Superannuation is a class of property they can be divided between spouses.

Since 2001 superannuation has been able to be split between the parties to a marriage. In March 2009, legislation was introduced to enable de facto couples to be able to split superannuation.

As part of a property settlement, parties can now split superannuation by agreement. A court make an order about whether superannuation should be split from one party’s superannuation fund and paid to the superannuation fund of the other party.

 

How do I get information about my spouse’s superannuation?

The Family Law Superannuation Regulations and the Family Law Act allows the trustee of a superannuation fund to provide certain information about either your superannuation interest or your spouse’s interest even if you are not a member of your spouse’s fund.  This information can then be used to negotiate a split of superannuation entitlements.

An application is made to the superannuation fund to provide the current balance and other necessary information about a superannuation entitlement. Most funds charge administration fee to provide this information. It is necessary to obtain up-to-date information about superannuation as account balances can fluctuate with changes in the financial markets.  A superannuation fund is prohibited from telling another party that an application has been made for information about their superannuation entitlement.

 

Can’t we just use the statements from the super fund?

Fund statements are often issued only a few times per year. As the value of “accumulation” superannuation funds are generally linked to changes in the financial markets, up-to-date information is essential.

Some superannuation funds need to be valued by an actuary as the value of some funds is based on a complicated formula involving salary, contribution rates, and period of time a person has been a member of the fund.  There might also be other benefits that may not be payable until retirement that can affect the current value. These types are generally referred to as “defined benefit” superannuation interests.

It is important to obtain accurate information about superannuation. It can affect the outcome of your property settlement. In one matter I was involved in, the parties had agreed to use figures from their superannuation funds that had been obtained from a year end statement. However, on obtaining information from one of the parties’ superannuation funds, the figure being used by the parties was inaccurate.  The fund’s earnings had grown significantly within a three-month period as a result of the trustee changing its investment strategy. This added tens of thousands of dollars to the property pool.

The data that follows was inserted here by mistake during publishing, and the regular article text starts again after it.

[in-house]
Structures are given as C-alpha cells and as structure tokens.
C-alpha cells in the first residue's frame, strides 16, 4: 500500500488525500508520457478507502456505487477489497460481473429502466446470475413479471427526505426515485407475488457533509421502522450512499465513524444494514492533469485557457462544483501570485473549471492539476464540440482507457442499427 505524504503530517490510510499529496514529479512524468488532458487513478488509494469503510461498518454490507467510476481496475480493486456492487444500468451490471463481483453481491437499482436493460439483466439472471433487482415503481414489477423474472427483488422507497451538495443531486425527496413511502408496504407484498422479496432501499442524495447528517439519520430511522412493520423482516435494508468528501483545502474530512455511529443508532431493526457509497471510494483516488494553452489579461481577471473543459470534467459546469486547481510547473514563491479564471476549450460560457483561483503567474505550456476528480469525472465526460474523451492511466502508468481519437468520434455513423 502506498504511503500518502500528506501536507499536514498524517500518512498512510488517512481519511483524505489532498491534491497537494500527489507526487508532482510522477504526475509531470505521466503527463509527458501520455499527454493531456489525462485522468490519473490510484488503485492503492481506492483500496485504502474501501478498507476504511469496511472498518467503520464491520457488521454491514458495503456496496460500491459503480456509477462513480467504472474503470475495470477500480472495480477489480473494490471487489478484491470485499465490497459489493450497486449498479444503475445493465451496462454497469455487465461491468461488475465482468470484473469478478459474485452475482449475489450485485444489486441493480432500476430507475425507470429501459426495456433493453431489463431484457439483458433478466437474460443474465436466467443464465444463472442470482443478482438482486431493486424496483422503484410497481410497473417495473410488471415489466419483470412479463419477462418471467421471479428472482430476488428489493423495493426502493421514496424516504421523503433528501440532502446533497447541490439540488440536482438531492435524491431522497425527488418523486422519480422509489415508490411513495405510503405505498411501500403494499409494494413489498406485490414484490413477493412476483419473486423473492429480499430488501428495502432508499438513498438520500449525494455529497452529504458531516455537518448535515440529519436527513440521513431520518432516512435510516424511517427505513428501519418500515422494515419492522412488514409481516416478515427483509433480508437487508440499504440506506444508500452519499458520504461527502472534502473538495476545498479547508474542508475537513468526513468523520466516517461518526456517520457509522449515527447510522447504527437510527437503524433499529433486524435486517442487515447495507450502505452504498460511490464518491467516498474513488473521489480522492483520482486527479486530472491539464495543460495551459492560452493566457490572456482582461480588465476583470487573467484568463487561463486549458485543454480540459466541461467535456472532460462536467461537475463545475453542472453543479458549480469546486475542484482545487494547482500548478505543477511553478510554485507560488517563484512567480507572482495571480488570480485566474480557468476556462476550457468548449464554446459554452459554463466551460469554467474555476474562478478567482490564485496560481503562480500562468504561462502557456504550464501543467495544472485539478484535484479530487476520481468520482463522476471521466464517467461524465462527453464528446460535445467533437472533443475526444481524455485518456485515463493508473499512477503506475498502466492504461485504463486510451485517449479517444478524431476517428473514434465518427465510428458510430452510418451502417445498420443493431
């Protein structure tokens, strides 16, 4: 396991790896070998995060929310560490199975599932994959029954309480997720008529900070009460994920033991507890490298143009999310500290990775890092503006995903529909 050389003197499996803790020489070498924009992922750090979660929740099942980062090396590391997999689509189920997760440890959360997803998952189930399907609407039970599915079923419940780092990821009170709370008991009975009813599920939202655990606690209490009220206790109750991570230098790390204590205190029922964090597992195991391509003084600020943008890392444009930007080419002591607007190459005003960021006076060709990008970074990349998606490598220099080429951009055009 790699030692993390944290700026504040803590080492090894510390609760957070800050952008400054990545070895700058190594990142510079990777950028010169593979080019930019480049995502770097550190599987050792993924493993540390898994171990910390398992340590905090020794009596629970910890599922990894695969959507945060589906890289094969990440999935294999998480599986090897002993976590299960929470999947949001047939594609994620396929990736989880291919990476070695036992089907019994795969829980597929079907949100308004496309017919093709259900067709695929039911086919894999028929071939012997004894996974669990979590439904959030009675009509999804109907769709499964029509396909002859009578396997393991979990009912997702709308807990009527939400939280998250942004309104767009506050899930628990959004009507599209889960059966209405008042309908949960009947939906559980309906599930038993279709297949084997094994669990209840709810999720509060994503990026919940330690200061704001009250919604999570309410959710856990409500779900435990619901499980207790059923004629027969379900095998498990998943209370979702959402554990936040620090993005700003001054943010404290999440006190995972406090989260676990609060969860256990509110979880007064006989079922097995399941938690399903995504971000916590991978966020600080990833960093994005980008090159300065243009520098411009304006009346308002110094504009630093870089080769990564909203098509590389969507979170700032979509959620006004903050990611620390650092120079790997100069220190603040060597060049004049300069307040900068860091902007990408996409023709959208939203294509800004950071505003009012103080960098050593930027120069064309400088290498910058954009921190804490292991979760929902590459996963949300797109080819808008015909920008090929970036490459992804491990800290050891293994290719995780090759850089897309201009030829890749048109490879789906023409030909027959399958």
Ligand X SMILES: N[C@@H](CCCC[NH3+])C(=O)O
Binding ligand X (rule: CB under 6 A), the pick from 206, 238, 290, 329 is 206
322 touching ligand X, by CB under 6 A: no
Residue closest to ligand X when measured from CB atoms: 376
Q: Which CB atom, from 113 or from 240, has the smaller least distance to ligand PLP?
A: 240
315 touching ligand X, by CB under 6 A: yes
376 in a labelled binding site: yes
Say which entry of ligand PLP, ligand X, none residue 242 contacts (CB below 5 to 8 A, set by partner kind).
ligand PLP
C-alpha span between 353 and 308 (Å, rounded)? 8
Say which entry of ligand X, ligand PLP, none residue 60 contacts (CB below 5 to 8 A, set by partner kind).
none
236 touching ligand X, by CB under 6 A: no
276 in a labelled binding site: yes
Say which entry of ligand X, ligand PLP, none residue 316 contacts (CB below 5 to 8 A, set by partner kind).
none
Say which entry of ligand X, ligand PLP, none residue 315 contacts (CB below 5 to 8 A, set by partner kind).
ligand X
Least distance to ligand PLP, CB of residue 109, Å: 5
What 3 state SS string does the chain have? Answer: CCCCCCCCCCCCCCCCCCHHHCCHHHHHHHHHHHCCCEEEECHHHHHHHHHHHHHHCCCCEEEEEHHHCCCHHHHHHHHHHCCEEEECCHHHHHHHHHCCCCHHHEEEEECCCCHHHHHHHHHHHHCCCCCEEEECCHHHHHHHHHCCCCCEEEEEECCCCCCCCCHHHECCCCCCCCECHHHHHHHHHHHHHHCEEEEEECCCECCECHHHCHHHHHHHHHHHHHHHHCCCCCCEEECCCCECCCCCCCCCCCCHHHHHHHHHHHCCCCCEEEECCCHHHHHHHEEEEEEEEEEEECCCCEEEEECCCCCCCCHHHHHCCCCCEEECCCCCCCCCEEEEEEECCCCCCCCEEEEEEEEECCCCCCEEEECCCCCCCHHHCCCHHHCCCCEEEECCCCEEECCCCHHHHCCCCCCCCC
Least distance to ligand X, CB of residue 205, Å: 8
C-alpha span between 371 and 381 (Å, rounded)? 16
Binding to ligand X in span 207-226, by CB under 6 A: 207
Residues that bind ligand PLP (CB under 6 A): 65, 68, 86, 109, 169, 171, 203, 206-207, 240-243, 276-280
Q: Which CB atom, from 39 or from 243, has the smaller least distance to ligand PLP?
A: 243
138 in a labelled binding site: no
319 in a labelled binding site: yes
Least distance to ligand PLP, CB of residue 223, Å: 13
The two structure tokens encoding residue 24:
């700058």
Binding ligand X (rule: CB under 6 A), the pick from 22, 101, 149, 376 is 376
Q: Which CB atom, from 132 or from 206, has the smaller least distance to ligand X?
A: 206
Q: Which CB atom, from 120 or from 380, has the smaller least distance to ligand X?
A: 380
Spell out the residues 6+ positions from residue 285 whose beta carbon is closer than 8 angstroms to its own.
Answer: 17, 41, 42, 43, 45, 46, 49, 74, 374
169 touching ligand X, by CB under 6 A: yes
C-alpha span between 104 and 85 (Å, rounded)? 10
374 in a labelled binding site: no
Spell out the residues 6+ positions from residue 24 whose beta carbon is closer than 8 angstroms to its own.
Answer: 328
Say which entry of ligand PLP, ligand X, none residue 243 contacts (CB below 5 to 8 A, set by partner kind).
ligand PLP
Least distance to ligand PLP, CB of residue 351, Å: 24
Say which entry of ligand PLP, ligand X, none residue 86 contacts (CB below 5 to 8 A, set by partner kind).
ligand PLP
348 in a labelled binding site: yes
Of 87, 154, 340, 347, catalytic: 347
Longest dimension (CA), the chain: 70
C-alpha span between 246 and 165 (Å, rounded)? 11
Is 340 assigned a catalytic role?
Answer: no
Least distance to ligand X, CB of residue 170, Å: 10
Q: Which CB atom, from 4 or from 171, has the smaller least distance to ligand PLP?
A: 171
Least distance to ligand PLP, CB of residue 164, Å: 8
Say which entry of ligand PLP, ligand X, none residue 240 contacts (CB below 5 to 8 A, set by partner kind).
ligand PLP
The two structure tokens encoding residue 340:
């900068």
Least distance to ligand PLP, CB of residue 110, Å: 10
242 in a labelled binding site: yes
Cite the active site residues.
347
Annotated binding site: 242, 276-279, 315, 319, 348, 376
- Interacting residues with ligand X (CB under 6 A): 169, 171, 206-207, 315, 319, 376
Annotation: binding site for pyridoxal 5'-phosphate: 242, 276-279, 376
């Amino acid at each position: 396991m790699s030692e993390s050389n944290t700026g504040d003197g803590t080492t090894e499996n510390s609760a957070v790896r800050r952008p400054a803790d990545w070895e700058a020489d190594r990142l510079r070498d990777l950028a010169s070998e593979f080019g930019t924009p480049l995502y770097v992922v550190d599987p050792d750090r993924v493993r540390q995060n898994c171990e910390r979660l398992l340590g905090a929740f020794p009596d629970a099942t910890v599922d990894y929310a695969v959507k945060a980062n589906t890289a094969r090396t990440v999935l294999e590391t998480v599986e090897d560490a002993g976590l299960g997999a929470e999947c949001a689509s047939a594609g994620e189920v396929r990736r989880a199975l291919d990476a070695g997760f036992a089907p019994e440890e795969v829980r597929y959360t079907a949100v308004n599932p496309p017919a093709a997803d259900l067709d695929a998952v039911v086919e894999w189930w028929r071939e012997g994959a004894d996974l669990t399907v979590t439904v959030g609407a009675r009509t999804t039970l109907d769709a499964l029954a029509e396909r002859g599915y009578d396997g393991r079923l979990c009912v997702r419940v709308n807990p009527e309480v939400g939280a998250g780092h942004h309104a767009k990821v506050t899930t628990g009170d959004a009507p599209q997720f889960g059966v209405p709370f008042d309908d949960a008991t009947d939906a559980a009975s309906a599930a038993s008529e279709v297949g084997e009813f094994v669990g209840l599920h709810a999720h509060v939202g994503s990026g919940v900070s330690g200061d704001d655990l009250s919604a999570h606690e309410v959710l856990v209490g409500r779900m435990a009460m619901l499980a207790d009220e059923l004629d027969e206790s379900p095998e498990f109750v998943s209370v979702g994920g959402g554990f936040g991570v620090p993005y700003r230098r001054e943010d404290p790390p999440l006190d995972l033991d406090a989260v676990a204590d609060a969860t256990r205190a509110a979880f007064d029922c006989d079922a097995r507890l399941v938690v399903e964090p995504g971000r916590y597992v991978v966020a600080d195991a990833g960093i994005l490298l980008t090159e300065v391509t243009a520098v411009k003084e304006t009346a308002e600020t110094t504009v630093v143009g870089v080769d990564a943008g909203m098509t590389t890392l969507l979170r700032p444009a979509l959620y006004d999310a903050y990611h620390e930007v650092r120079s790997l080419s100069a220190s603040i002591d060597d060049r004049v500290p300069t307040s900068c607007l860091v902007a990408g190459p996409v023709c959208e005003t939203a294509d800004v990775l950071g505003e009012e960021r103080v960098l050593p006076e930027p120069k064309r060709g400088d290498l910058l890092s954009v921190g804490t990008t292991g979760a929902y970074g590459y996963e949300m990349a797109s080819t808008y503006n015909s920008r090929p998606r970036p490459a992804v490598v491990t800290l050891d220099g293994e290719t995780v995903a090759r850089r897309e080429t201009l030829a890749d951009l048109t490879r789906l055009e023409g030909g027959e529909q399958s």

Superannuation is a complex area and you should obtain independent financial advice from a licensed financial planner or investment advisor if you are considering whether superannuation should be split as part of your property settlement.

It is important to remember that unless you meet the criteria to access your superannuation early, you may not be able to access any funds received as part of a superannuation split.

 

Important Notice

This article contains general legal information and is not a complete statement of the law. You should obtain specific advice about your own circumstances and not rely upon this article until you have done so. Best Wilson Buckley Family Law Pty Ltd will not accept any liability or responsibility for loss occurring (including negligence) as a result of any person or entity acting or refraining from acting in reliance on any material contained herein.  Information current as at date of posting.

© Best Wilson Buckley Family Law Pty Ltd 2013

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